The Truth about ESPs

We use our 40 years of experience, knowledge and know-how to design and manufacture our market-leading electrostatic precipitators, providing you with the most effective kitchen extract filtration products available.

Here are the real 5 top truths about ESP air filtration in the UK market and what you need to know to help you choose the best product for your next project:

Truth 1: Treatable Air Volume

Regarding the volume an ESP can handle we need to analyse what we want to filter. The primary use for ESP’s in the cooking extract market is to remove sub-micron particles of smoke and grease. Any engineer will know that you cannot alter basic physics, one of the primary factors in an ESP is the size of the collector cell. The changeable factors are the charging voltage, the gap between the plates and the length of travel through the collector. Some suppliers may claim to handle very high volumes of air, these claims are disingenuous and deceiving. In theory an ESP can deal with any size airflow and filter particulates from the airstream. As our Sales Director explains:  

“We could advertise that, for example, a three-cell ESP 4500E could deal with up to 4m3/s at 95% efficiency, which sounds very impressive. However, if you were to look in closer detail, it would most likely show 95% efficiency of large particles above 10 microns (for scale, the average size of human hair is 70 microns) these are not the particles you need to worry about. It is the smaller sub-micron particles that need to be captured and those will just pass through an incorrectly sized unit.

The same can be said when suppliers quote that testing is based on ASHRAE 52.2, which sounds impressive; however, it actually means very little without a detailed report. ASHRAE 52.2 covers testing particles from 0.3 microns all the way to 10 microns in diameter, providing 95%+ efficiency for the larger particles is most certainly standard for any ESP. Despite the fact that our ESP 4500E can filter particles way beyond an air volume of 3m3/s, we suggest a recommended maximum volume of 2.1 m3/s, and we make this recommendation because our focus is on the sub-micron particles (grease vapour and smoke) that we need to capture in a successful installation.”

Andrew James
Sales Director, Purified Air
With an ESP 4500E, we recommend a maximum flow rate of 2.1m3/s to provide high-quality filtration. However, as you can see from the graph, the unit will perform above this flow rate, but the pressure loss increases significantly alongside this and the filtration efficiency decreases to a point which would put the particulate breakthrough to a dangerous level, no amount of servicing would be able to fix. The facts are an ESP 4500E can filter air up to and beyond 3m3/s. There are certain variables you can play with to increase efficiency within an ESP. However, there is nothing amongst those variables which could allow a three-cell unit of a similar size to achieve a higher flow rate such as 2.9 m3/s and maintain high levels of efficiency. You can decrease pressure loss by removing meshes, but the filtration efficiency will drop.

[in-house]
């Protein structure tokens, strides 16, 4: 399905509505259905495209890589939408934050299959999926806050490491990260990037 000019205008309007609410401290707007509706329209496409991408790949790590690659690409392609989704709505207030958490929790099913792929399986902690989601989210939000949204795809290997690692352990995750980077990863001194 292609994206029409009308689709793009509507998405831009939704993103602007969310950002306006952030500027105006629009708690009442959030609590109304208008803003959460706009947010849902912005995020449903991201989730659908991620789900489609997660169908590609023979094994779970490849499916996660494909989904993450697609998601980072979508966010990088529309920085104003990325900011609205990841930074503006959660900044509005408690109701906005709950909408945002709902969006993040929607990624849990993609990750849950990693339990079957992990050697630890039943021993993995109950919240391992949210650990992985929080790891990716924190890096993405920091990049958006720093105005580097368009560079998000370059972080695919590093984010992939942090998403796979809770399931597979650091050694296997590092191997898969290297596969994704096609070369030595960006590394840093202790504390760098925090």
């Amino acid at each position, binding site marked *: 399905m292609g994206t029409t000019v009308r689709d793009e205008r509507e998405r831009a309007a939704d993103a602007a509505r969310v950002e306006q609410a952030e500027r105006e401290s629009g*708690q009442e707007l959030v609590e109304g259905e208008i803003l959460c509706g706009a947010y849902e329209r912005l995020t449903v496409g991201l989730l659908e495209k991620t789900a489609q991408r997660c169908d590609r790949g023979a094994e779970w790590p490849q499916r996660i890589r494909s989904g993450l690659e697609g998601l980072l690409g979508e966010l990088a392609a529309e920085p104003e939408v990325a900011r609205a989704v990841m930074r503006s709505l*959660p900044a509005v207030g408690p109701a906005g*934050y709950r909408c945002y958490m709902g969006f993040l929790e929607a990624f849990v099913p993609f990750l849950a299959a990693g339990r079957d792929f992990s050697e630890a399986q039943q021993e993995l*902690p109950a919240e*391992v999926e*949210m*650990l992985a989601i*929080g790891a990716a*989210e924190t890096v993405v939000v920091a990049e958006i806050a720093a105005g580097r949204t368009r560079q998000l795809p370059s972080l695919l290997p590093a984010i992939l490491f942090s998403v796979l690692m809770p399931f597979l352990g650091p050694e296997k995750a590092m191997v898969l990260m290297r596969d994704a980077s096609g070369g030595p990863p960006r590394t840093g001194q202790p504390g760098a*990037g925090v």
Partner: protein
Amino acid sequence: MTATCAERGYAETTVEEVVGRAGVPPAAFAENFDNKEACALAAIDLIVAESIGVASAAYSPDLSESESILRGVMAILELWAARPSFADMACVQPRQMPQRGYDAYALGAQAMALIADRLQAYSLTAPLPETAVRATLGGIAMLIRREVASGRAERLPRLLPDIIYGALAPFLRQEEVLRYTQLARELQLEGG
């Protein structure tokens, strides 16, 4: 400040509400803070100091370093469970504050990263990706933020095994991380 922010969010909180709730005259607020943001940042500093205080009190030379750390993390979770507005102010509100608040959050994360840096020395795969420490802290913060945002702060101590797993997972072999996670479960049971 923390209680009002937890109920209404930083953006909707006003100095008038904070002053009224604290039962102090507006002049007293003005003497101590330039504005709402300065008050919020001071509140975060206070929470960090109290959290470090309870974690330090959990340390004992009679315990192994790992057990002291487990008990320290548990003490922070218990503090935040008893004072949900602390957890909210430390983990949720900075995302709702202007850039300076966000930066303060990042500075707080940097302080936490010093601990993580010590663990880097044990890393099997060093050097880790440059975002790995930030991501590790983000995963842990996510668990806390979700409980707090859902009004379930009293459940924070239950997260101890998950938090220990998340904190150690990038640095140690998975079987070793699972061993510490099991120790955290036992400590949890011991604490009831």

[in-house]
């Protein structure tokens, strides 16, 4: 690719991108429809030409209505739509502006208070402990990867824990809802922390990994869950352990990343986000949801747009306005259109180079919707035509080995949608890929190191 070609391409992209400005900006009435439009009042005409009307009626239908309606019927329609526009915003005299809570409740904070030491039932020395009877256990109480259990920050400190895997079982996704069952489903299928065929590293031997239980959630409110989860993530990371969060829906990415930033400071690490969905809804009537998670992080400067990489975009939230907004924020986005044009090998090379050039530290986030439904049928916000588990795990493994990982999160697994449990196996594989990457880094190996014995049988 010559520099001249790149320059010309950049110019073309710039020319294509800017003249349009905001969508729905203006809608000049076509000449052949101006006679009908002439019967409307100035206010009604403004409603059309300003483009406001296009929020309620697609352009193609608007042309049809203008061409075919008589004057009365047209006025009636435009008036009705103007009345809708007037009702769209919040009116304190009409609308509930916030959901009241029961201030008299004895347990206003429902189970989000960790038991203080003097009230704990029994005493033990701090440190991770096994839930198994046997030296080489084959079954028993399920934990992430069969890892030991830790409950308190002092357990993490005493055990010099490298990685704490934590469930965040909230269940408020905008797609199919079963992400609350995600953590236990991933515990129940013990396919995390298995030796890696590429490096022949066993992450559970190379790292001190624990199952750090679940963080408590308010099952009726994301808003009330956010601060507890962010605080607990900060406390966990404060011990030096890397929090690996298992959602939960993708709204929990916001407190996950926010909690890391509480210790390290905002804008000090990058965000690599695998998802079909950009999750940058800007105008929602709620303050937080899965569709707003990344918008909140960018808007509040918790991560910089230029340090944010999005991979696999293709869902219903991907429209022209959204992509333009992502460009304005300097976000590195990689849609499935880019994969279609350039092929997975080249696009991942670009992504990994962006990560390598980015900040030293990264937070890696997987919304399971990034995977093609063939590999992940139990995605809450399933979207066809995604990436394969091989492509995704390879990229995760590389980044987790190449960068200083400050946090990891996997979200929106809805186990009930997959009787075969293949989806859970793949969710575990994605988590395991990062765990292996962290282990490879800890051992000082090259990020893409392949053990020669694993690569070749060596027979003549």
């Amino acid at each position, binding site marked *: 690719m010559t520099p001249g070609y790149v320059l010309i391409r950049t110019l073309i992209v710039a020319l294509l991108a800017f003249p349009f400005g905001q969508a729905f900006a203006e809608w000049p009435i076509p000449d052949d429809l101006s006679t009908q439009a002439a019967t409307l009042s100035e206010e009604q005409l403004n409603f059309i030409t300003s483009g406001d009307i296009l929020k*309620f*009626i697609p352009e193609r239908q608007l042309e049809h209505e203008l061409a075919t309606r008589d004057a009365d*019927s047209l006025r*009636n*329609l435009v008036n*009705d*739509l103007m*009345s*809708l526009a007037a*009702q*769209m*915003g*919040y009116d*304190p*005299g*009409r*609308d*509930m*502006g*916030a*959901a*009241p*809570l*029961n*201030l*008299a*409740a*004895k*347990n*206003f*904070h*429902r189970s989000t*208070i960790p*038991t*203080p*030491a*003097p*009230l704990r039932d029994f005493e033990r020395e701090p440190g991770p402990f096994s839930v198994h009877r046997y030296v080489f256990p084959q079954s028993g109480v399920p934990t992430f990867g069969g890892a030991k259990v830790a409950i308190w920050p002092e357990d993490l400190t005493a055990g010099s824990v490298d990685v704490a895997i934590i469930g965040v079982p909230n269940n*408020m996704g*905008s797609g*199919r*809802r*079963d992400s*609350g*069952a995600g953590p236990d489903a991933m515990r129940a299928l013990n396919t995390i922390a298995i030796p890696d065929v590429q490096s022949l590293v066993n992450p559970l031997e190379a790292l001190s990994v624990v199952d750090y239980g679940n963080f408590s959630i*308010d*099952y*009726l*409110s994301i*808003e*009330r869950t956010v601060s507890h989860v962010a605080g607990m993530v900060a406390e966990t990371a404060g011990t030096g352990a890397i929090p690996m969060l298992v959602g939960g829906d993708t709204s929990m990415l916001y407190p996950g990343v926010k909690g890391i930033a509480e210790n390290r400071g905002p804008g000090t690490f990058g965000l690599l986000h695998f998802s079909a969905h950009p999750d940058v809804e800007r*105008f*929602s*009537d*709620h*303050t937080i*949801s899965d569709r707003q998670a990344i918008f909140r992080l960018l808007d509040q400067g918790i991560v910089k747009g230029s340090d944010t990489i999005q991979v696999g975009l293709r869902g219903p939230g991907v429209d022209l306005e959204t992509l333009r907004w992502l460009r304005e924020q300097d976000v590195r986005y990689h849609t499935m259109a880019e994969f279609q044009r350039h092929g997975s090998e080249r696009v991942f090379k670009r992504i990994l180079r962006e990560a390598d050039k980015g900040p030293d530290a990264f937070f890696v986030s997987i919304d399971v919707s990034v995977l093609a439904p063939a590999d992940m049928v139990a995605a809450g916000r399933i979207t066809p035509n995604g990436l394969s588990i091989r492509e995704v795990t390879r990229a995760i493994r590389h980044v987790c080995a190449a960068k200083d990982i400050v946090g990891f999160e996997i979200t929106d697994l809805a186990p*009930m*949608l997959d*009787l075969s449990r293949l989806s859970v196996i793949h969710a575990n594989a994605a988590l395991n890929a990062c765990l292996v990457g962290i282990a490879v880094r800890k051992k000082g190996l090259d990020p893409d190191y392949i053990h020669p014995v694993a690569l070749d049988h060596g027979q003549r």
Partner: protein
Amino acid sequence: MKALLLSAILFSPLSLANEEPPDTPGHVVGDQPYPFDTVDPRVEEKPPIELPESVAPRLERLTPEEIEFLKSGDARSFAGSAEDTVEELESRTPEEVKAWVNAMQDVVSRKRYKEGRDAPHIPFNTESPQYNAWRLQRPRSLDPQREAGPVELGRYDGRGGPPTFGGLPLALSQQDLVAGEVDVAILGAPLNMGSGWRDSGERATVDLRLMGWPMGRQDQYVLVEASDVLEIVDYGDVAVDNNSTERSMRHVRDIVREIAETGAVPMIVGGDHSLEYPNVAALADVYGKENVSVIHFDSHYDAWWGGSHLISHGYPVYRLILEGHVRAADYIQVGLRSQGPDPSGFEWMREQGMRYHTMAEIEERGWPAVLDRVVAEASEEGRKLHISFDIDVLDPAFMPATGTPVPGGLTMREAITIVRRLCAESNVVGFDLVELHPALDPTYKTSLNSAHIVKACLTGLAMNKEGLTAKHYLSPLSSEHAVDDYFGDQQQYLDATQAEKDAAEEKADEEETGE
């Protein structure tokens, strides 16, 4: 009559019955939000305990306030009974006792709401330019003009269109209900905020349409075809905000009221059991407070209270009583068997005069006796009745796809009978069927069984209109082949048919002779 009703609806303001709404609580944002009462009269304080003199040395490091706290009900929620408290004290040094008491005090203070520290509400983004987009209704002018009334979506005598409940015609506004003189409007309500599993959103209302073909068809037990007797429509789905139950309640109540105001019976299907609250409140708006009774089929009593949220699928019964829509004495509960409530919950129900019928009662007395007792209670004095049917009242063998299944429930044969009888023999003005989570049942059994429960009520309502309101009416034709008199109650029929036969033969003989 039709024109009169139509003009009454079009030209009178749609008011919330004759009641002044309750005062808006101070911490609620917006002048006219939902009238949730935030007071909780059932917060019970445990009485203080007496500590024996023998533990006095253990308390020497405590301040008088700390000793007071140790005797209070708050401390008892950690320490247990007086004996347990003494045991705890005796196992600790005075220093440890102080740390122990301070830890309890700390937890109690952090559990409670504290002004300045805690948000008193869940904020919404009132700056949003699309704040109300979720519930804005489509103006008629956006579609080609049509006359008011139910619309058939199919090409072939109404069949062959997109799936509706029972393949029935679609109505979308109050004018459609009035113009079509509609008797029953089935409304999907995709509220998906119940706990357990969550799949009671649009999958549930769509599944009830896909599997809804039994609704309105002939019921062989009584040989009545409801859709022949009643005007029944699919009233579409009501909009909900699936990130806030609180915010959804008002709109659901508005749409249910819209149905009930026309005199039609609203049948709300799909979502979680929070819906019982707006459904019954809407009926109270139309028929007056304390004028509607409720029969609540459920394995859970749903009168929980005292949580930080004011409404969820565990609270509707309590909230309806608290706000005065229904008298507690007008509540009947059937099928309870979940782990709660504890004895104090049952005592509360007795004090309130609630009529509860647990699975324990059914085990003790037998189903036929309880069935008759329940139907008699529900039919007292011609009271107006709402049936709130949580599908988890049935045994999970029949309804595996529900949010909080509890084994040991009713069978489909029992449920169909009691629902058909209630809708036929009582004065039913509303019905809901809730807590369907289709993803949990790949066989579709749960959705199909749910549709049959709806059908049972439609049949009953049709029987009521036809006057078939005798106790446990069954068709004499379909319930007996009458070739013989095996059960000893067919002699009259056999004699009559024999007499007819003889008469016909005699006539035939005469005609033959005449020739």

Truth 2: High efficiency is vital

The purpose of ESPs in kitchen extract systems is to filter the smallest of particles at very high efficiency. If extract air is run through an ESP at too high a velocity, the probability of capture will reduce, resulting in unacceptable smoke and grease breakthrough and problems for the operator and installer.

Truth 3: Bigger sumps are better

It’s not only the performance that defines an effective ESP; it’s the ability to collect and hold the contaminants that we are filtering until service is carried out. A large sump (separated from the airflow) helps to collect the oil and grease that drips from the plates which would otherwise line the ductwork and become a fire hazard. A kitchen exhaust is a highly polluted environment where it is essential to be able to hold the captured contaminant to avoid increased service frequencies or leakage outside of the unit. It is also important to distinguish the difference between an integrated sump and a ‘drain sump option’ this terminology is often used for products that are designed for welding fume applications and can often only hold a small amount of captured oil. After extensive evaluation, we designed our unit to hold 16 litres per collector cell which is between three and five times more than our competitors.

Truth 4: We are the only UK company with an IP65 rated ESP

The IP65 rating means our ESP’s are able to be installed outside. To break it down, the 6 means that the unit is dust tight, and the 5 means that the unit is resistant to high-power water jets from all directions. Units with a lesser rating are limited in their ability to be installed outside. E.g.  A claim of IPX4 means that no test has been made for dust ingress, and the unit is only rated 4 for water ingress.

Truth 5: We are the only manufacturer of commercial kitchen ESPs in the UK

We are the only UK company that design and manufacture ESPs specifically to meet the demands of commercial kitchen air filtration. Our ESP range are not intended or used for any other purpose. Other suppliers in the UK purchase their equipment from manufacturers abroad, and these units are normally designed for industrial purposes rather than that of the commercial kitchen environment.

Why choose Purified Air ESPs?

UK Manufacturer

In the UK, we are the only manufacturer to engineer & design their product.

Since 1984

We have a wealth of experience in kitchen air filtration.

No lead times

Built for stock ,not to order.

Direct Servicing

We directly employ our service and maintenance teams. We do not subcontract or use other companies to complete our servicing contracts.

a partner